Allston, Mass-The Revolution continued to roll on Wednesday night, defeating the New York Red Bulls 4-2 in the fourth round of the US Open Cup to advance to the quarterfinals where they will square off against DC United. A capacity crowd at Soldiers Field Stadium on the campus of Harvard University stood, sat, and squatted to watch the Revolution knockout the Red Bulls and extend their unbeaten run to seven games in all competitions.
It's the farthest the Revolution have made it in the US Open Cup since reaching the semifinals in 2008.
Revolution Head Coach Jay Heaps has a number of things to be happy about. For one, his team scored four goals. Kelyn Rowe was the offensive spearhead in the match, scoring twice against a formidable Red Bulls back line that included US national team defender Heath Pearce and MLS veterans Kosuke Kimura and Brandon Barklage.
"When he shoots in on goal, it's usually going in," said Heaps of Rowe. "He's got one of the best shots I've seen, right or left foot. He was fired up for tonight. Right from the open, his touch was on. His movement was good. His pressure was good. He had a nice night."
"Itís a lot about confidence," explained Rowe. "Iíve obviously grown in that aspect this year and itís something thatís bringing my game out fully: taking players on, taking shots, giving players opportunities to score, other than myself. So I think itís really grown in Boston into something good."
The Revolution also learned just how deep their roster really is. For one, many of the players continue to demonstrate their versatility. Against the Red Bulls, Kalifa Cisse, a natural midfielder, paired well with AJ Soares in defense. Meanwhile, Chad Barrett, normally a forward, helped the Revolution dominate in midfield by opening up space and setting up passing lanes.
Secondly, a deep roster is providing the Revolution with competition among the players on the roster. While the Revolution rested all of their starters ahead of a league match at Vancouver this Saturday, the team's back-ups did their part to earn the result. Andy Dorman bossed the midfield with Rowe and Barrett, earning his second consecuctive Open Cup start, while Darrius Barnes and Soares stayed one step ahead of New York's forwards for most of the evening in defense.
"There's going to be competition for every spot," acknowledged Heaps. "The best teams I've been on there's been competition. It's friendly competition. But when they get on a field like this and perform it makes the coaches have to make tough decisions."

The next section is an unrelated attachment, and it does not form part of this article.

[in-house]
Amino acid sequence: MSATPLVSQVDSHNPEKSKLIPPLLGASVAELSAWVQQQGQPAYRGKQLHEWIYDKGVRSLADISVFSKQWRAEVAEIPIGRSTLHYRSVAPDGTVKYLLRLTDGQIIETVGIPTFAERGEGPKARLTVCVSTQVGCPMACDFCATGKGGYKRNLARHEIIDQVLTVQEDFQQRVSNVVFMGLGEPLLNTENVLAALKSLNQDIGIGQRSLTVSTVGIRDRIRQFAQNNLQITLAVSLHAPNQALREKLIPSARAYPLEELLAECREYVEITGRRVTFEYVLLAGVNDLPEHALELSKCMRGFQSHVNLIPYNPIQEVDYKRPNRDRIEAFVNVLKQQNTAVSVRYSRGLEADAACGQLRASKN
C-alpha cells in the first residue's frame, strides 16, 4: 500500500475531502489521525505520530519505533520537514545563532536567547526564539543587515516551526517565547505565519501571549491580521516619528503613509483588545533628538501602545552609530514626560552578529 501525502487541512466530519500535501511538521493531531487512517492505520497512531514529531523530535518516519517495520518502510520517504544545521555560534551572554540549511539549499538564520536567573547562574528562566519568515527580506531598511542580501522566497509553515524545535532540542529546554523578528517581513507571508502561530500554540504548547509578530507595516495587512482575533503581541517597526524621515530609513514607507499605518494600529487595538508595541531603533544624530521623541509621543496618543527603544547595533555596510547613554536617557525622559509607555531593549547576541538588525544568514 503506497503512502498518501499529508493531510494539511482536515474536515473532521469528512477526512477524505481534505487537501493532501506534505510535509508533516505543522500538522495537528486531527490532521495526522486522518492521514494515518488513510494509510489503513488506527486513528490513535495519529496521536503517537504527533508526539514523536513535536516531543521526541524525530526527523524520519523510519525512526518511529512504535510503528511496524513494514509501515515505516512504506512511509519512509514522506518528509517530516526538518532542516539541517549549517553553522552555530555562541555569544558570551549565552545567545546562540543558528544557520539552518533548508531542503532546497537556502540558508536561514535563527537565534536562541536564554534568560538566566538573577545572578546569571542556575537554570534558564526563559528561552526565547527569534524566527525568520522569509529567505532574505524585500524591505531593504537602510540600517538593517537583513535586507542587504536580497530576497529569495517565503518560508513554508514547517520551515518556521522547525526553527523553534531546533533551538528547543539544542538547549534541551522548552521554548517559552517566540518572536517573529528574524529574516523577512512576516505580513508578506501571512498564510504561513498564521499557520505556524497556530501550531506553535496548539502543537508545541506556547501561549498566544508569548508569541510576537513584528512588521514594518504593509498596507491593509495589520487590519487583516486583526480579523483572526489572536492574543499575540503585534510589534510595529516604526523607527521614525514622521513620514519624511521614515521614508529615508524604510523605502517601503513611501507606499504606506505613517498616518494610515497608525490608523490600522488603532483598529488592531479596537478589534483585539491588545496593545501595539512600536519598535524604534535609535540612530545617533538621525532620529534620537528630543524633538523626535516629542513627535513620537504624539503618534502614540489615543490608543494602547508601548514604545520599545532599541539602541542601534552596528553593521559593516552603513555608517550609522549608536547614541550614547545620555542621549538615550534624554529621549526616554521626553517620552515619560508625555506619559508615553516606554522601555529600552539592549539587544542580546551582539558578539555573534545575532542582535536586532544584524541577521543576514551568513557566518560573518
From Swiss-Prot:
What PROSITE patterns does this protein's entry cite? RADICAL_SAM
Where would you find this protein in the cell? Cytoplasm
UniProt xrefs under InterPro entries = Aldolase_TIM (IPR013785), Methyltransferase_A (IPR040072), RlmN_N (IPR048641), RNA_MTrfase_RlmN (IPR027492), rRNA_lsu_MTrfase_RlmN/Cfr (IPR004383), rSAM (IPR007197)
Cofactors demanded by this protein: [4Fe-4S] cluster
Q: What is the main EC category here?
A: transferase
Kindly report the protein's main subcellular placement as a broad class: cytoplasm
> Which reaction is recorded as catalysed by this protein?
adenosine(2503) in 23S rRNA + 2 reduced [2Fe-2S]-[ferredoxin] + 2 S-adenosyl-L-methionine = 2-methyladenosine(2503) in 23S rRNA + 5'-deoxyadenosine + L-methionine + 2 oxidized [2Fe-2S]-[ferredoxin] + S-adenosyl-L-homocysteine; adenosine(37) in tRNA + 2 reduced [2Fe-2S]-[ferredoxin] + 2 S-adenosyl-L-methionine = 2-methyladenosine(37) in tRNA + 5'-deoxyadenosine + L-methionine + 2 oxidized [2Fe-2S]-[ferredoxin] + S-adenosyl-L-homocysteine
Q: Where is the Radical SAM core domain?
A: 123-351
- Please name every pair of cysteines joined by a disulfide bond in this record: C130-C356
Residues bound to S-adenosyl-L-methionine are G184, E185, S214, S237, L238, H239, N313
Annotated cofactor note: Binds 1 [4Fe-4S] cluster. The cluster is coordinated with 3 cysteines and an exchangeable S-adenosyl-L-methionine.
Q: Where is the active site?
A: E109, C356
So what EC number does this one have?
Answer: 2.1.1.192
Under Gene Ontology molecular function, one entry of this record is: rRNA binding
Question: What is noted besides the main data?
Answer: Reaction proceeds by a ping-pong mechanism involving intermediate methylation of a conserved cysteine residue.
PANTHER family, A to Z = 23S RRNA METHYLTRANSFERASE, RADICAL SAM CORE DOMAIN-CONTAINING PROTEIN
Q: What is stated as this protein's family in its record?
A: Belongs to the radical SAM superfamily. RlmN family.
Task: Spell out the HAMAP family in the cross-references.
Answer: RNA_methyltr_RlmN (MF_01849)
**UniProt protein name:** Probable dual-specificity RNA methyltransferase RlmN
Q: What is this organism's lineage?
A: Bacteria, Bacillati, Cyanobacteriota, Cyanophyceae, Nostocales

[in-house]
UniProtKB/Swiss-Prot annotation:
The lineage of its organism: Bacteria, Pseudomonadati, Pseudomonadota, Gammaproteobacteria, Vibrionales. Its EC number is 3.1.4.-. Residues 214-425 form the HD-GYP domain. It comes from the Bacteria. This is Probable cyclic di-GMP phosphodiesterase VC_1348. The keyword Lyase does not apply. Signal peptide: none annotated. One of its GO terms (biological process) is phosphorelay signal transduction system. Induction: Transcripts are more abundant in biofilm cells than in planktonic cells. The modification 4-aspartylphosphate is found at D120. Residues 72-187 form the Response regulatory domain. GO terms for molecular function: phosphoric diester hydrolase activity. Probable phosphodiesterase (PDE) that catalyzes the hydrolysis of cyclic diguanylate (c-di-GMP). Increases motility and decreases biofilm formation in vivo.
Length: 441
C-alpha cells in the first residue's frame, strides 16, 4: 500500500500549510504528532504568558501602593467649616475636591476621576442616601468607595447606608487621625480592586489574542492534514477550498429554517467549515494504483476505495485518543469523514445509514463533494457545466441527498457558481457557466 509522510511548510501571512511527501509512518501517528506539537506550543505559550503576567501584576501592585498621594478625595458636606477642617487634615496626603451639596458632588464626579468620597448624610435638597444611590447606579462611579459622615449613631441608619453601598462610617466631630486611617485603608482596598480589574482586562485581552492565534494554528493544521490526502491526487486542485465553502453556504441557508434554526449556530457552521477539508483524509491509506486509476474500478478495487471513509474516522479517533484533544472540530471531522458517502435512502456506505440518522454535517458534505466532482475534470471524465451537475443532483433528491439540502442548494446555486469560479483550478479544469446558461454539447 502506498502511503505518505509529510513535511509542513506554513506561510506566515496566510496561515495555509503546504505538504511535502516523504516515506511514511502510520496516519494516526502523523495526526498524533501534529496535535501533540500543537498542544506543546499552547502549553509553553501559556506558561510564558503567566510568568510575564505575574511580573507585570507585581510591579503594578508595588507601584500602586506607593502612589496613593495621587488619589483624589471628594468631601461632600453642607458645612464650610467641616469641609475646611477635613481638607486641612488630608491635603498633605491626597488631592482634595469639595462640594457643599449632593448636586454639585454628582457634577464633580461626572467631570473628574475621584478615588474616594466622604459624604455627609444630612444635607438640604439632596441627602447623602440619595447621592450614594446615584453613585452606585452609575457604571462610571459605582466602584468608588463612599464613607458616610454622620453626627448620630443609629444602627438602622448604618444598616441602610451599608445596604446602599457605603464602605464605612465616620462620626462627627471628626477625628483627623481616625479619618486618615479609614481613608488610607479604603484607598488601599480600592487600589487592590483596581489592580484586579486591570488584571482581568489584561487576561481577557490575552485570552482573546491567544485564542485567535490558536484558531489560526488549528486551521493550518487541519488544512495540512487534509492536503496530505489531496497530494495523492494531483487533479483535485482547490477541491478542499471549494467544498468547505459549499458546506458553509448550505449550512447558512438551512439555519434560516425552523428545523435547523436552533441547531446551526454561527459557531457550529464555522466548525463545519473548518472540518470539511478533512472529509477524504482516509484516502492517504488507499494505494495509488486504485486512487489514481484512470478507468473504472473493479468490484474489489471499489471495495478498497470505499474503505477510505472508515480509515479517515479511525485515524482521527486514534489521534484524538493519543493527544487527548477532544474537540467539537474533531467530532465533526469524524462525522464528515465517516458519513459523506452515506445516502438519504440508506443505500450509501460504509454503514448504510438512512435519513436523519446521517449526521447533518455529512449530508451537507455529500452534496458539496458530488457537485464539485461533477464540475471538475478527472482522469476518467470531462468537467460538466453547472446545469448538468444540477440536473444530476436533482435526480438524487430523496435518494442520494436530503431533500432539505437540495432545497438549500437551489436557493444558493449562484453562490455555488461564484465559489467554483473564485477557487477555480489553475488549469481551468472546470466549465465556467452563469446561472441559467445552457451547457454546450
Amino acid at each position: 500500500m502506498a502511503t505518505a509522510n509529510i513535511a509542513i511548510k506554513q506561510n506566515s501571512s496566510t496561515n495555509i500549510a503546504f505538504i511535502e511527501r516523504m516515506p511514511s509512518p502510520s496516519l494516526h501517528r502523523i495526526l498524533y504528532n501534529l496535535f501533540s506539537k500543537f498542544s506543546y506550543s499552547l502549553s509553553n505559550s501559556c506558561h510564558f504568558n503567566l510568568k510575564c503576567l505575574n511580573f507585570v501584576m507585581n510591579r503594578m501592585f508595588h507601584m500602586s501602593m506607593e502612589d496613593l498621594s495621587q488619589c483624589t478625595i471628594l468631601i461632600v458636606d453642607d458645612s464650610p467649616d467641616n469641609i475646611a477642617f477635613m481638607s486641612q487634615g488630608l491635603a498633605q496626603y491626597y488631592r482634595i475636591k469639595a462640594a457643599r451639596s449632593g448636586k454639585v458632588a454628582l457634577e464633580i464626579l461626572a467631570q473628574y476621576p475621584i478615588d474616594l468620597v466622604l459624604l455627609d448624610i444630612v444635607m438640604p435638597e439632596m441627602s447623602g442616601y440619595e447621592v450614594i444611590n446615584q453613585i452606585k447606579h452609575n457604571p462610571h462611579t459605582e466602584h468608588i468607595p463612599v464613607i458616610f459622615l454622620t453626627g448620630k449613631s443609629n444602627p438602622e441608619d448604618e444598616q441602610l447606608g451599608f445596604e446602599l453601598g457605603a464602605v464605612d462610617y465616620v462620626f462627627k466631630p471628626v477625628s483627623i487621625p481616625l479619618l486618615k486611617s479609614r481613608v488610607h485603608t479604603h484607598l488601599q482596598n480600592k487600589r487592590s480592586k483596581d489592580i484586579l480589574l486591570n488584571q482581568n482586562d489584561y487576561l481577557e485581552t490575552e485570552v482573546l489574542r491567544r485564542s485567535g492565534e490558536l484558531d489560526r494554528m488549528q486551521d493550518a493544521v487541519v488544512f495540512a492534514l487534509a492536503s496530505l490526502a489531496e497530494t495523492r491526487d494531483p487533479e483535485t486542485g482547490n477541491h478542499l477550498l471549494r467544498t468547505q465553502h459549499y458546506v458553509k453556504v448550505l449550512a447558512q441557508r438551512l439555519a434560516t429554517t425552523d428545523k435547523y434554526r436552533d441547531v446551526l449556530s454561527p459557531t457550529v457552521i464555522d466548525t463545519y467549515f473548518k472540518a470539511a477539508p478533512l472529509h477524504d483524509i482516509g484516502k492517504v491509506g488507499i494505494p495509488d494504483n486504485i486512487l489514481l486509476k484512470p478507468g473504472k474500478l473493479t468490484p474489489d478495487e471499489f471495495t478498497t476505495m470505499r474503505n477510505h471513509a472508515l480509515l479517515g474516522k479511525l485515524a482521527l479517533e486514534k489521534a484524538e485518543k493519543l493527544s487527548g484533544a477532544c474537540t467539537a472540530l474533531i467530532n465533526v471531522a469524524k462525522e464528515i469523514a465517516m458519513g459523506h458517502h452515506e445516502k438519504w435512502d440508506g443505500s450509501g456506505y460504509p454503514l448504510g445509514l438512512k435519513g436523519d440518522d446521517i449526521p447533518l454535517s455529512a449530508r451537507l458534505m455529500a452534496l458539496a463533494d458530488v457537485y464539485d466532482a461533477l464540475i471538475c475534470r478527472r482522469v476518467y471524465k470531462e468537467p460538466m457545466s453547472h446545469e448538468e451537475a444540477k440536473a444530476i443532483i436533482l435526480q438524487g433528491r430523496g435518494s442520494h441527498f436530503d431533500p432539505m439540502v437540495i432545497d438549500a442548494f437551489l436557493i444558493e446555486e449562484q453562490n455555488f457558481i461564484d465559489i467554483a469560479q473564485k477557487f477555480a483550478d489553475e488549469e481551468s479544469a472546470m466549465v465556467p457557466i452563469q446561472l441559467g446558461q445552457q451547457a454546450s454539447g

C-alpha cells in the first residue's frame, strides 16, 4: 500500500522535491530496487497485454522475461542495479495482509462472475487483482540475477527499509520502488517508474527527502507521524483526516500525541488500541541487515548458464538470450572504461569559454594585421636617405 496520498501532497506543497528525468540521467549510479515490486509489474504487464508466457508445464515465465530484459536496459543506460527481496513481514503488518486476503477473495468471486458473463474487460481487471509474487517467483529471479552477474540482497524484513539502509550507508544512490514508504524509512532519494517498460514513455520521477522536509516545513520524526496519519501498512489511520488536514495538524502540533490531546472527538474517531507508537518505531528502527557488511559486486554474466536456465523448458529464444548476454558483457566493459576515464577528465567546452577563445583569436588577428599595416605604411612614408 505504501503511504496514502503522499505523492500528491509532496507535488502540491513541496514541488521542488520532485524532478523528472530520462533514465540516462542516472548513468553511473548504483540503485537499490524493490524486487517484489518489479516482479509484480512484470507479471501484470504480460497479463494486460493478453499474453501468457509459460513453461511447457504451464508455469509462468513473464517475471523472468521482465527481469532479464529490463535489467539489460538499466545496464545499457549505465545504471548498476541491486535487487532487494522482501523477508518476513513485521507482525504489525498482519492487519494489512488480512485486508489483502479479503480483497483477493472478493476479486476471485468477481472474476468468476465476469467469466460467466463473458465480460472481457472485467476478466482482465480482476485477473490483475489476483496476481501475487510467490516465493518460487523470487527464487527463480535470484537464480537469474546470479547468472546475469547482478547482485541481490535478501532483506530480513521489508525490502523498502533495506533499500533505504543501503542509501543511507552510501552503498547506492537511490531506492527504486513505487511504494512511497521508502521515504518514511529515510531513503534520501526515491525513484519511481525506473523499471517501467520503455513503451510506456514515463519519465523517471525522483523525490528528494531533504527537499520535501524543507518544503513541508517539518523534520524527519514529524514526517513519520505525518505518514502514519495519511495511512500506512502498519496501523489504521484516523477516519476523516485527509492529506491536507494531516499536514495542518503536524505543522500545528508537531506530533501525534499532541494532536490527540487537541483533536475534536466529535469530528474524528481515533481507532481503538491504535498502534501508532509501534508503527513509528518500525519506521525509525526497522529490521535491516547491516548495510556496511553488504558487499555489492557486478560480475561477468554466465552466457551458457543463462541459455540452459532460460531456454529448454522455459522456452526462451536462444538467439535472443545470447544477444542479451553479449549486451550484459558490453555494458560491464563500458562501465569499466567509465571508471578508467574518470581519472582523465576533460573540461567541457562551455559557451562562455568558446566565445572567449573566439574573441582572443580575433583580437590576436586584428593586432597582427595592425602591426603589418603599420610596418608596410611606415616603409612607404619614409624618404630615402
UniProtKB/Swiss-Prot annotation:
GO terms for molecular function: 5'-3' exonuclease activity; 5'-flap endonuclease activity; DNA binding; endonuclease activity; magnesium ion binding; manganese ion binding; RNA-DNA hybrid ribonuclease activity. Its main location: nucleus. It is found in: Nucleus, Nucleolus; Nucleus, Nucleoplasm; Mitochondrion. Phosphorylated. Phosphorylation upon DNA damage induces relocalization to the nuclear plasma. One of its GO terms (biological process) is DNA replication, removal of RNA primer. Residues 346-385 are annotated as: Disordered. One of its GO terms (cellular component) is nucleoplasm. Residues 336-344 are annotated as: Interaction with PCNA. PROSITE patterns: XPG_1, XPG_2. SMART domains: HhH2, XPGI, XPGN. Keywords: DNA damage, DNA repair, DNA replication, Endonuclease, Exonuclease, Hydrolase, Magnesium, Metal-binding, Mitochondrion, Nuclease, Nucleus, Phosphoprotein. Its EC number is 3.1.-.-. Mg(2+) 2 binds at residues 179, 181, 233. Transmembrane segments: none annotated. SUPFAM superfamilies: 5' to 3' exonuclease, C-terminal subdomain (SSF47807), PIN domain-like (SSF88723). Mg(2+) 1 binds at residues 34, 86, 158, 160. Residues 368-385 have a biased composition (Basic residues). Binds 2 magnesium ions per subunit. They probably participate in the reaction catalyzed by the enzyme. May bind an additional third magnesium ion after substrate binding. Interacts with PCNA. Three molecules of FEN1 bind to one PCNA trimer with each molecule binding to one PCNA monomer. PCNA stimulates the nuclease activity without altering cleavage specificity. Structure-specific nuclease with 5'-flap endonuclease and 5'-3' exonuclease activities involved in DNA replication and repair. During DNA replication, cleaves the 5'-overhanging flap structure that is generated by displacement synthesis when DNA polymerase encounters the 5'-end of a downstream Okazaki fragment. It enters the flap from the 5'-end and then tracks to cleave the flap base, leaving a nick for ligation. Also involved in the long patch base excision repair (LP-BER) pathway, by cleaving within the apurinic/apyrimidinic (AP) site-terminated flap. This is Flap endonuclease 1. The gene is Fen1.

After the game, Red Bulls Head Coach Mike Petke called the Revolution "a mediocre team." But the Revolution's recent run suggests that they are ready to assert themselves as one of the country's best teams.
"By the scorelines you see it yourself, we're one of the top teams in the country," said Rowe. "Not just with this game, but with league games as well. We're a team to be reckoned with."
If the Revolution can maintain their form, a quarterfinal match at DC, who have the league's worst overall and defensive record, shouldn't be too rocky a stepping stone to the semifinals. And with most of their starters rested and fresh for a tough match-up against Vancouver this weekend, the Revolution are positioned to compete for another positive league result on the road.
"We want to be able to keep going and right now, weíre on the streak where we havenít lost," finished Rowe. "Thatís a big thing for us right now, that streak of not losing, but we want to get that win. Three points on the road in Vancouver would be great for us."
The author is solely responsible for the content.
Translate this page
To our readers,
We've added a translation feature to the Corner Kicks blog to assist readers who may be more comfortable reading another language.
Google Translate is not perfect -- we're aware of that -- but it is quite good at getting the main points of the story across. We've successfully used it on The Big Picture, Boston.com's extremely popular world photography site. I'd be eager to hear your feedback on its use in Corner Kicks, in whatever language.
David Beard, Editor, Boston.com